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The Edendale Line performed local service along the route of the Glendale-Burbank Line. Apparently the Edendale Line was virtually as old as its parent line, for Old PE public timetables of 1906 show this line operating.
ROUTE: The Edendale Line operated from its Los Angeles terminus, Cares & Central Aves., via Ceres, 6th St., Figueroa St., 2nd St.(Beverly Boulevard.), Glendale Boulevard. and private way to its other terminus at Semi-Tropical Park in the Edendale District.
The length of this line was 4.92 miles, most of which was on heavily congested city streets. The entire route was double track except for the portion on Glendale Boulevard. between Sunset Boulevard. and Effie St. which was three-tracked to permit interurban and local cars to pass without delay to either.
Prior to the opening of the Subway, the Edendale Line and the Glendale-Burbank Line followed common trackage to 6th & Los Angeles Streets., where the latter turned into the surface tracks adjacent to the Main Street Station elevated tracks. After the opening of the Subway, Edendale cars had to share their route also with other lines from First St. to Park Ave; those lines included the various Hollywood Lines the San Fernando Valley Line and the Hollywood-Venice Line.
Portions of the route were used for mail and express cars. A connecting track was constructed from Ceres & Central into the Southern Pacific's Arcade Station grounds, where mail and express cars were loaded and unloaded. In early years, this trackage extended up Central Ave. to Jackson St., one block north of First St., to serve the big warehouse of the Union Hardware Company; from 5th St. to 3rd St., PE tracks were outside LARy tracks, giving Los Angeles its only four-track electric railway system in city streets. From this trackage, a spur ran on Towne Ave. from 3rd to 4th, and another spur rounded the corner of E. 3rd St. and entered the property of the public market. The Union Hardware Spur was built in 1908, the Towne Ave. Spur in 1909.
SERVICE: As of 1928, normal week day service of the Edendale Line was operated on a five minute headway during peak periods and a seven and ten minute headway during the midday and evening periods respectively. Sunday and holiday service was on a seven minute headway during peak periods, ten minute headway the rest.
Normal running time between the termini of the line varied between 29 and 34 minutes. In bound service started from Edendale at 4:30 AM and continued until 1:05 AM. Cars started from Ceres at 4:00 AM and ran until the last one left at 12:30 AM. At the time there were 171 trains operating over this line, all single units.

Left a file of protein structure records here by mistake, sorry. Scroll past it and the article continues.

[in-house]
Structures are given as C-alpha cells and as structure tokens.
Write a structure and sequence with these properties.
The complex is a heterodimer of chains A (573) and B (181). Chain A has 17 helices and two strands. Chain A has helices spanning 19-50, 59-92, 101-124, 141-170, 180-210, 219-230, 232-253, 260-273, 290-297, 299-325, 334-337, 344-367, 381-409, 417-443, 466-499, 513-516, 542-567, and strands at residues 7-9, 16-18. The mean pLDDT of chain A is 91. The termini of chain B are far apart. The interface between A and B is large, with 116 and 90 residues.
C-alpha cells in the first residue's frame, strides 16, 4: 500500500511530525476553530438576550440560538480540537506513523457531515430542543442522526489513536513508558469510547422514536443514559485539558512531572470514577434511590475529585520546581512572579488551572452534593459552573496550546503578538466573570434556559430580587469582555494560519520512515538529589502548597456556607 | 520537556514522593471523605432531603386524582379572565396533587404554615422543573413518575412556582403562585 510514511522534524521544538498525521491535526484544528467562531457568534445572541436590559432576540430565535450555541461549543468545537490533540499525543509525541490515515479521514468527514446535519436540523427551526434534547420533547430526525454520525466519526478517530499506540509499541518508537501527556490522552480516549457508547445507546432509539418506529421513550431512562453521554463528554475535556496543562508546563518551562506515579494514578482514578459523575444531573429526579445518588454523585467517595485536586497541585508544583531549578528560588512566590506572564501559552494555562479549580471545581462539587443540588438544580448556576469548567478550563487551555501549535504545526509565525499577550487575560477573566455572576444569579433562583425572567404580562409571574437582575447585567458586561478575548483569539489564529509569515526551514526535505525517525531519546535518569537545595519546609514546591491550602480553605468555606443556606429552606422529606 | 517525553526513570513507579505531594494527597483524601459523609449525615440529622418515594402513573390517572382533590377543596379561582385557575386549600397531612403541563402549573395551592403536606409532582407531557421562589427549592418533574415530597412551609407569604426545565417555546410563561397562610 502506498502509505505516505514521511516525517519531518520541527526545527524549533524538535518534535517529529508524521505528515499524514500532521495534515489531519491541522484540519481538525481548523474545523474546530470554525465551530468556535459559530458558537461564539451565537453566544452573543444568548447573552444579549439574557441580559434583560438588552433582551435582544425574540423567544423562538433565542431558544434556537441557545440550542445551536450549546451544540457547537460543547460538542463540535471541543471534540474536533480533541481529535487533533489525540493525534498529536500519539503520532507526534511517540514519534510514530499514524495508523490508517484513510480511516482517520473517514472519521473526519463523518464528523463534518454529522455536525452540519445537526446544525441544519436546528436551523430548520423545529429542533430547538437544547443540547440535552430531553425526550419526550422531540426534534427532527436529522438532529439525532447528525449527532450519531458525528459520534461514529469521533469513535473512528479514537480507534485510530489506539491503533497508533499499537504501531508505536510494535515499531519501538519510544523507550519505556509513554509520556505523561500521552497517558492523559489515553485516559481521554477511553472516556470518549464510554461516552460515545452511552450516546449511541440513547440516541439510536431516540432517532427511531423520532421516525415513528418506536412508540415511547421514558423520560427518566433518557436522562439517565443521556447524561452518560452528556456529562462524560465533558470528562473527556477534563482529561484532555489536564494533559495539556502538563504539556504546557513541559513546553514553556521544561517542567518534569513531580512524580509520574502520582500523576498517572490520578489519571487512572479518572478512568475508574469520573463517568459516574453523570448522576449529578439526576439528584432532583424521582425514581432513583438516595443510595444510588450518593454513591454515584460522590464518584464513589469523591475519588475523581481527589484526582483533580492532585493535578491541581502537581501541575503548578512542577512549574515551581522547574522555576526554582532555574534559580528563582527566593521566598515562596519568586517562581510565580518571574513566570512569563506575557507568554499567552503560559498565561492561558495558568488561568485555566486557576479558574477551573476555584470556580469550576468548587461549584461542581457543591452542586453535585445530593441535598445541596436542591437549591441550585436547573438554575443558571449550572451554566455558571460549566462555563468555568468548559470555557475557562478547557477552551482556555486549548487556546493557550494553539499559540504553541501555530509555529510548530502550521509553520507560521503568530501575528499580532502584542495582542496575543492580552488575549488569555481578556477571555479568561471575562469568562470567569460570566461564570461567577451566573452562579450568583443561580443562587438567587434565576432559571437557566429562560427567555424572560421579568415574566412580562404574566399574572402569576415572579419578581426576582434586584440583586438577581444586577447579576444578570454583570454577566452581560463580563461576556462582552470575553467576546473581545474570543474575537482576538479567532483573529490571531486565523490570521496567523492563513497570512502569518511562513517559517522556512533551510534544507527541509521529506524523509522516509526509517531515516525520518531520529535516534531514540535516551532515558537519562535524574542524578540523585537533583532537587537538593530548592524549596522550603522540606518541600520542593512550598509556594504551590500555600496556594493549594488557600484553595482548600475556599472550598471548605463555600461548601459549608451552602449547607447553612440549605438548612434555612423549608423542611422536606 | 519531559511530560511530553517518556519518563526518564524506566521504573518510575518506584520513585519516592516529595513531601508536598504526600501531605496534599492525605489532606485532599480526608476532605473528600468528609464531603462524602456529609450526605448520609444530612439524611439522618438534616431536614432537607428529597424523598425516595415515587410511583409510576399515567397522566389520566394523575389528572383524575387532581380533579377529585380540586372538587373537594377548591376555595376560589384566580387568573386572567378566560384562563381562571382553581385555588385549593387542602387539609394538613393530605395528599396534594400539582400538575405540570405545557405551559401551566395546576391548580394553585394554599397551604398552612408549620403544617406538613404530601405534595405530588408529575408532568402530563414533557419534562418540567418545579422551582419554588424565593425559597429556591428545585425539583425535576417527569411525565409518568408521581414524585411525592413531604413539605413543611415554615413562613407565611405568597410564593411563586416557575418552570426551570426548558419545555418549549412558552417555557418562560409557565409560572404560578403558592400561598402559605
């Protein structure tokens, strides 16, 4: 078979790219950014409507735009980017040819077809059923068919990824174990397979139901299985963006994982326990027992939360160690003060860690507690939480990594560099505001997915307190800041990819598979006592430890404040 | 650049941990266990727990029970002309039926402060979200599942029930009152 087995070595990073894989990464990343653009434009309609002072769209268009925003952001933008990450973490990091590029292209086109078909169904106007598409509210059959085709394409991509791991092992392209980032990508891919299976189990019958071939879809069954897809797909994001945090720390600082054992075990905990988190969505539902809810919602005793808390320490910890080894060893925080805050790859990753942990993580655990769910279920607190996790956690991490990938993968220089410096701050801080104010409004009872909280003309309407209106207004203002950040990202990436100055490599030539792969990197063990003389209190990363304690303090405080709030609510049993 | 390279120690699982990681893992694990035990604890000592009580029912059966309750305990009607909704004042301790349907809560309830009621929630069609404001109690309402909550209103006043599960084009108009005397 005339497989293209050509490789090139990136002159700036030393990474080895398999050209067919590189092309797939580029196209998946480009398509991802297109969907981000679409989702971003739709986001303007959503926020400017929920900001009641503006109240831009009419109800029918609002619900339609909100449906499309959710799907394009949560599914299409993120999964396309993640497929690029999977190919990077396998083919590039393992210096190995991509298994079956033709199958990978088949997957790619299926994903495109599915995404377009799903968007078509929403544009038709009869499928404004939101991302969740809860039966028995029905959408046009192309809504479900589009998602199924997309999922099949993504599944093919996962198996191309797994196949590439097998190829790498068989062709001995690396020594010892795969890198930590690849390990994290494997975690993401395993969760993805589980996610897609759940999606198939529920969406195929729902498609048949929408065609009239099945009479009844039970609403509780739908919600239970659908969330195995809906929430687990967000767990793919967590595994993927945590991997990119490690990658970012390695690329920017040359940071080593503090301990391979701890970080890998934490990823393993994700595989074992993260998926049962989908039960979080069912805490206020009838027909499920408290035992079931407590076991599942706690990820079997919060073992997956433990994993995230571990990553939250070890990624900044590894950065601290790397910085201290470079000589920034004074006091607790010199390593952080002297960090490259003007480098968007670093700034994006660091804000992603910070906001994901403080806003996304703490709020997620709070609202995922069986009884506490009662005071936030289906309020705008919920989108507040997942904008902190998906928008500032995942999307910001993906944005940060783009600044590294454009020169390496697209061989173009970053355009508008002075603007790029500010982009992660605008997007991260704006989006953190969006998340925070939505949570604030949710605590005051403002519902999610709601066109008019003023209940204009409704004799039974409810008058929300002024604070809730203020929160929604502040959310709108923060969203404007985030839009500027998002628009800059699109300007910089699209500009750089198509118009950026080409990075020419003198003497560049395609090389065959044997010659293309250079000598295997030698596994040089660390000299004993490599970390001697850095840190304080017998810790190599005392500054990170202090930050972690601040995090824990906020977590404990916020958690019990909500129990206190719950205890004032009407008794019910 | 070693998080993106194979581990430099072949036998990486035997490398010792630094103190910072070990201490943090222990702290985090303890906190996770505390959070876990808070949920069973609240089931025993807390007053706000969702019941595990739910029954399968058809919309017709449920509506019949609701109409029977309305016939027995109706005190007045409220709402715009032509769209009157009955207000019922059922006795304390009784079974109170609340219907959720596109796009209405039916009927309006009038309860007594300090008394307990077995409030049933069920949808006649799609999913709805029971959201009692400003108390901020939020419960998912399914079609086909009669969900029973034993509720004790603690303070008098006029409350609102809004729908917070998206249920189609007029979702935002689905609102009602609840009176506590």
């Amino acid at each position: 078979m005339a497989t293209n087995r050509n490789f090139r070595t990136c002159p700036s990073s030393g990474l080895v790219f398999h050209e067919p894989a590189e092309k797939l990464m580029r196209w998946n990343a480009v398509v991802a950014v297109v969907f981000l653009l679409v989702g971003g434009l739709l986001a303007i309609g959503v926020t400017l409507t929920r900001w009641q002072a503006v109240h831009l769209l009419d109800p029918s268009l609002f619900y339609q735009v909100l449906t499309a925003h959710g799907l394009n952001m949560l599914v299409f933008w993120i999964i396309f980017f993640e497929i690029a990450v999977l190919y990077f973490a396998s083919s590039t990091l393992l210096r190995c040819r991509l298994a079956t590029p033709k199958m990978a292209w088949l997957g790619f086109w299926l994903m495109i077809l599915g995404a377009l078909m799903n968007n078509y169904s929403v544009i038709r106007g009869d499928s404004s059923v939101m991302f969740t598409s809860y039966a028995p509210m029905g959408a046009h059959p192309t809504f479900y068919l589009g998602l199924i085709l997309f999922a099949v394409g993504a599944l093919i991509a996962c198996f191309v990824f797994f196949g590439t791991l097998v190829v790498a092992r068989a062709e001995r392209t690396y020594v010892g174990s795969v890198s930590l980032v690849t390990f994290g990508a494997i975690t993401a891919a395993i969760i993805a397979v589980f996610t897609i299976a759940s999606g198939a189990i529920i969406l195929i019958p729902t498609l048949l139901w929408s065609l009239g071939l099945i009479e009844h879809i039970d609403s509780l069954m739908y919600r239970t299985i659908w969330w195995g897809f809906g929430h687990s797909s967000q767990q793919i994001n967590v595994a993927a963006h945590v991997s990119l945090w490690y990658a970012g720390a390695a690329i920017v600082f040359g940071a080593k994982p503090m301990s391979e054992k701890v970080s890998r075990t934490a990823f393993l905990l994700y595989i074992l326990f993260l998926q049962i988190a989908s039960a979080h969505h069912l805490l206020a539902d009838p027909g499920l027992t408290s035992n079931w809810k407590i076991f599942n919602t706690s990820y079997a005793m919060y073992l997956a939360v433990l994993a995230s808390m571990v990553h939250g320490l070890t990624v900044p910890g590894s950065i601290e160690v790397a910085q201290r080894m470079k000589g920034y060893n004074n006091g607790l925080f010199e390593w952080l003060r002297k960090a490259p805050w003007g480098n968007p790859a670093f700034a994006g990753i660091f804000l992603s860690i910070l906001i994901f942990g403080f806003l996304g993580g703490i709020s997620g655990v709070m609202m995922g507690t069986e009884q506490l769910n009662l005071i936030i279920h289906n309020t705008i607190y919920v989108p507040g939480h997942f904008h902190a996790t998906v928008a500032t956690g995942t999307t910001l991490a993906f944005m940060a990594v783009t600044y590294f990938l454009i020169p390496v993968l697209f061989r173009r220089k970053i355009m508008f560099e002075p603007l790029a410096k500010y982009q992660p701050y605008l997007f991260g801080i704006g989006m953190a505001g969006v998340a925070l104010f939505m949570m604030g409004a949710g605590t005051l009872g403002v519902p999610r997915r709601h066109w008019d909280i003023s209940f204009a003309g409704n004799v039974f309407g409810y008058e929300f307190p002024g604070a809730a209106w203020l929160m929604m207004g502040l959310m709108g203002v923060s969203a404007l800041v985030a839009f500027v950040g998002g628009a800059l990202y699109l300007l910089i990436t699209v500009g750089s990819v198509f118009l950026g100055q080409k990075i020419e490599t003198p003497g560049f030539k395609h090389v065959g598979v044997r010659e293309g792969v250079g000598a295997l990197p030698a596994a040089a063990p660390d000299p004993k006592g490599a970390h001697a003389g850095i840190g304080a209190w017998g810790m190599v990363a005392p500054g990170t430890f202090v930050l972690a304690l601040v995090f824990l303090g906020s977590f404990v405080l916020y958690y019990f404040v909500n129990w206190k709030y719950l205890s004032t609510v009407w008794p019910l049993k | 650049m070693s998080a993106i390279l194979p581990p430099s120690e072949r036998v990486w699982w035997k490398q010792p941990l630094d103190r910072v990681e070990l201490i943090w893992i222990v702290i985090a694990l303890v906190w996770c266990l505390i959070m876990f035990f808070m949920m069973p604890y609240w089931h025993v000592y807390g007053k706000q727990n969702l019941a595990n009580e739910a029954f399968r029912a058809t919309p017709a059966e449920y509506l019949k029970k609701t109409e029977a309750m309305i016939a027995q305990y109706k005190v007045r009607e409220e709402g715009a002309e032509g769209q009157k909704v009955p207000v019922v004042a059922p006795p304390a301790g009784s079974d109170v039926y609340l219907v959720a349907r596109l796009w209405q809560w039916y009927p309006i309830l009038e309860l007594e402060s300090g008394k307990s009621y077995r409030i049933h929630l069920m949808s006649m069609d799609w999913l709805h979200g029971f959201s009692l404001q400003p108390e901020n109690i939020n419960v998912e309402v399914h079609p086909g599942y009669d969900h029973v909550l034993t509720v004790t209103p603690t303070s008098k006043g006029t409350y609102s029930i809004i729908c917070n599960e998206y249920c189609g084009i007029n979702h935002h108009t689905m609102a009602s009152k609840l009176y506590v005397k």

Extra service was operated over the line from 6th & Hill to Arcade Station from 6:00 AM to 6:00 PM, as of 1906. There is no record of the date this extra service was stopped. In addition, special cars ran over this line to reach the Arcade Station, such as those from Pasadena and Long Beach handling Southern Pacific patrons.
EQUIPMENT: The Edendale Line required 18 cars as of 1928, all of which were stored in the Los Angeles St. Yards when not needed. At that time, cars were of the 50 Class (all steel, center entrance and exit, 51 seats, two 50 HP motors).
Prior to the 50 Class, the Edendale Line had been served by various cars of the 100 and 200 Classes. The Fifties were succeeded by 600 Class cars about 1933. These ran until abandonment.
ABANDONMENT: On July 12, 1936, concurrent with the partial bus substitution on the Glendale-Burbank Line, the Edendale line was extended 1.2 miles from Whitmore Ave., Semi-Tropical Park, to Monte Sano to provided service over that part of the Glendale Burbank Line inaccessible to busses. At Whitmore Ave., a layover track had been provided between the two main line tracks which were spread quite a distance apart at that point; at Monte Sano, Edendale cars laid over on the substation spur.
On May 5, 1939, the Central Station at the 5th-Central-Ceres intersection was abandoned, as the Southern Pacific and Union Pacific shifted passenger operations to the new Union Passenger Terminal. This rendered Edendale cars superfluous east of Main St.
On September 8, 1940, Edendale cars were rerouted into the Subway Terminal, leaving 2nd, Figueroa and 6th St. west of Main free of PE cars save for occasional box motors.
Coincident with the restoration of full-time rail service on the Glendale-Burbank Line on November 24, 1940, the Edendale Line as such ceased to exist. In its place was a new local service operating in rush hours only to Richardson, adjacent to the Southern Pacific interchange at the boundary line between Los Angeles, and Glendale. At off-peak hours, local service was provided by Glendale-Burbank cars. Storage tracks for the Atwater-Richardson locals was provided on PE-SP interchange trackage alongside the SP's main line at its Glendale station. World War II brought a considerable upsurge in the number of local trains, but thereafter this service dwindled until the last such car, operated by Metropolitan Coach Lines, rolled out of the Subway Terminal on June 17, 1955.
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